Entertainment lessons of 2006

Borat movie poster

TEXT OF INTERVIEW

MARK AUSTIN THOMAS: In terms of entertainment, when you look back on 2006 it's tempting to do some name dropping: Pirates of the Caribbean: Dead Man's Chest, Borat and You Tube. Mike Speier is the managing editor for the Daily Variety. Welcome Mike.

MIKE SPEIER: Hi, how are you?

THOMAS: So let's play word association. I say Pirates of the Caribbean, you say:

SPEIER: Mega money. It's a huge movie. Everyone says that the old studio system of making huge blockbusters is going away and everyone's focused on the small movies. Un-uh. Pirates is a huge film, it's in the top 5 of all-time worldwide and it just shows that studios are in love with making huge movies.

THOMAS: Well they're in love with making lots of money.

SPEIER: Correct. So they're in love with making huge movies that do well.

THOMAS: Of course. Here's another film, it received both praise and some lawsuits I think: Borat.

SPEIER: Yeah. I mean if pirates is the example of overspending, then here's a movie, Borat, that is the equivalent of nothing, which is make it for nothing, get picked up for nothing, and make a lot of money. But it also shows that the movie business never knows anything because it's either going to be a major, major movie that costs a lot of money or it's going to be something small that makes a lot of money. So there's room for everything.

THOMAS: Let's talk about TV. What about American Idol?

SPEIER: No one wants to keep talking about American Idol, but it is the singular-most influential show on television. Other networks change their scheduling around it. The show keeps bringing in the ratings, it keeps making people very, very wealthy, it creates megastars like Carrie Underwood. It creates ratings, it creates money, people want to be associated with it and it's still the No. 1 show on television.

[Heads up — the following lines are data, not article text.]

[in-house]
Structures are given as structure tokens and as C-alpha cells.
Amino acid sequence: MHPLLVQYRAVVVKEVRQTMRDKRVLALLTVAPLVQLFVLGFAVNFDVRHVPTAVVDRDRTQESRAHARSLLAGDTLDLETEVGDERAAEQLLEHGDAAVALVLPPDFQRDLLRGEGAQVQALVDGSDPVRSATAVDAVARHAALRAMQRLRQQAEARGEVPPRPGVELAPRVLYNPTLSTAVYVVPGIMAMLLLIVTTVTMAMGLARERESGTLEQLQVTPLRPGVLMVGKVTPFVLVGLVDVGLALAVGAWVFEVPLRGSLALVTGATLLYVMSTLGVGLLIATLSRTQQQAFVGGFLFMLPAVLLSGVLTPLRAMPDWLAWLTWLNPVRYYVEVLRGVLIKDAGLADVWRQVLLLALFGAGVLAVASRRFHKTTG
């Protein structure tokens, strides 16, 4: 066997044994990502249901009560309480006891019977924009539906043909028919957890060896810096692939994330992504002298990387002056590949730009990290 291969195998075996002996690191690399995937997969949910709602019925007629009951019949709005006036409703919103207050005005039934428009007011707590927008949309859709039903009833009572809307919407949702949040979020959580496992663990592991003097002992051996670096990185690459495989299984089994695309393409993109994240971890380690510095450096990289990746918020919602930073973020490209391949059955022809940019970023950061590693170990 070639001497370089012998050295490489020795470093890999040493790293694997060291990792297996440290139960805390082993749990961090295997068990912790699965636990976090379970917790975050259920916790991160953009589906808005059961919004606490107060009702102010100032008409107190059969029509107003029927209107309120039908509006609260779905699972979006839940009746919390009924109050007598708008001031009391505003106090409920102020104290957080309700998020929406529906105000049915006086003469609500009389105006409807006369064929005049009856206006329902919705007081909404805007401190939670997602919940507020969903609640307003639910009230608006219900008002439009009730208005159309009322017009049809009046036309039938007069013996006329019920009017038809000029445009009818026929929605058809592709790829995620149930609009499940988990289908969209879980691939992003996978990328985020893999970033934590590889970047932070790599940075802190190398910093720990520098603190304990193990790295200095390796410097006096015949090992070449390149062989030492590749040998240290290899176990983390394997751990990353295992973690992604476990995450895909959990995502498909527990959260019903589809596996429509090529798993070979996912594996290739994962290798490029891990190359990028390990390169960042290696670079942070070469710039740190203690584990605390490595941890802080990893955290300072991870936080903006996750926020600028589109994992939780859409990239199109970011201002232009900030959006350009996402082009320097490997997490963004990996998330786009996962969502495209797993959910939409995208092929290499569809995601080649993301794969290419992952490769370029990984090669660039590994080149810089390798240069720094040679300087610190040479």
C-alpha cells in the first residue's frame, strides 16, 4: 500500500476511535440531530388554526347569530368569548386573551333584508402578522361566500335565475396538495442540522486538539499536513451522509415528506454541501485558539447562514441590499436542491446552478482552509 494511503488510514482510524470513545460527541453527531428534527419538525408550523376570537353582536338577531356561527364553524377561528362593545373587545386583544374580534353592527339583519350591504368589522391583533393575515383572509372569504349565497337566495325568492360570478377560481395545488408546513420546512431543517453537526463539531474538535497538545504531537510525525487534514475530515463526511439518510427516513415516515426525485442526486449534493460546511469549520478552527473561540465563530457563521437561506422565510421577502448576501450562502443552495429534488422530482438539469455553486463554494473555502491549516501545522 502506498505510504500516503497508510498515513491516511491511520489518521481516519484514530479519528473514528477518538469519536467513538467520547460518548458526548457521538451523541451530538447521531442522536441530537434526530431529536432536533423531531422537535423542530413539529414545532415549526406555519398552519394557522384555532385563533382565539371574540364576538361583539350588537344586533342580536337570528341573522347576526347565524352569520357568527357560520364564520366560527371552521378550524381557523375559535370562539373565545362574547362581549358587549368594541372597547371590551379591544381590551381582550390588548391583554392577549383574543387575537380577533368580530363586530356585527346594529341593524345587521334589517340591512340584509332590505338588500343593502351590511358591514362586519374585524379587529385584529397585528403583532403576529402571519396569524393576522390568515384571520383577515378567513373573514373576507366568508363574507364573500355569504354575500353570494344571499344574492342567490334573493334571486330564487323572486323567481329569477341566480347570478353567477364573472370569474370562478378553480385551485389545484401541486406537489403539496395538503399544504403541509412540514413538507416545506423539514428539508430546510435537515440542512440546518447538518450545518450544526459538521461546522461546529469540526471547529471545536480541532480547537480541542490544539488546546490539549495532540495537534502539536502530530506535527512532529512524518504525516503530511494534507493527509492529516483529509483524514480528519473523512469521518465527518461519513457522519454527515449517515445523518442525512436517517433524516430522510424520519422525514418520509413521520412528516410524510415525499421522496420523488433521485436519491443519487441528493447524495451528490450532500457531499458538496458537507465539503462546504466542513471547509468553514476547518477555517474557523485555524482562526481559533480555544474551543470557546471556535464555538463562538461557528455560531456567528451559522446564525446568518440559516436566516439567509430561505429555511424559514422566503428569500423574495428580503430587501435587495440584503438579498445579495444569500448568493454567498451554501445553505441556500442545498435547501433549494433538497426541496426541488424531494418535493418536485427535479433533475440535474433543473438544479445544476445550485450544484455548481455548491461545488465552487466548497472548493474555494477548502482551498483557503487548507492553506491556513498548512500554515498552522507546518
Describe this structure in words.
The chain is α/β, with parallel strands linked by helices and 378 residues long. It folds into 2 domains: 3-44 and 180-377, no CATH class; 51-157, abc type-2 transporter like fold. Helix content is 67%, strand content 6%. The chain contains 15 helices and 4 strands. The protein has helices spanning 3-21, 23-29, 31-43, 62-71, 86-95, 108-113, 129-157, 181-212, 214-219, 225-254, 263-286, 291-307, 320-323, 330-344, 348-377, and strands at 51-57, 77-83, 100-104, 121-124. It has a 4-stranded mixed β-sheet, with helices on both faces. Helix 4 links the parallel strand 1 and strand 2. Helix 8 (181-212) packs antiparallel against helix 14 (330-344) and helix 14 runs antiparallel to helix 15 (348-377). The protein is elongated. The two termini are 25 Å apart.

THOMAS: Google buys YouTube. How big was that? How big is that going to turn out to be in the future?

SPEIER: We'll have to see what they can do with it, though for news value, strict news values, the purchase of it — I think was more than $1 billion — was one of the most, in fact, the most influential and expensive deal of the year. Why? Because first of all it was in shares, not cash, and everyone said how can a company like YouTube, which hasn't been around very long and is really just about putting your own home videos up, how can that sell for so much money? But they did, for a reason. And Google knows what they're doing and they bought it because they know that when you get a video on your e-mail, when someone sends you a little clip, usually it's from YouTube, they want that audience.

THOMAS: Look into your crystal ball. Is there anything coming down the road, anything you've heard that you think might really impact consumers, make a lot of money in 2007?

SPEIER: Well I think that if 2006 was the year that broadband took a very major step — whether it was in the workplace or the home — in terms of getting people connected, I think 2007 is the year it really takes over and gets rid of dial-up. And that's a big deal for corporations and for businesses and for people. Because like the CD did for the record business and the DVD did for video tape business, broadband will do for the dial-up business. It will change things, It will digitize things. It will make everything come together quicker, faster and that's what America wants.

THOMAS: Mike Speier is the Managing Editor for the Daily Variety. And in Los Angeles, I'm Mark Austin Thomas. Thanks for joining us. Have a great holiday weekend.

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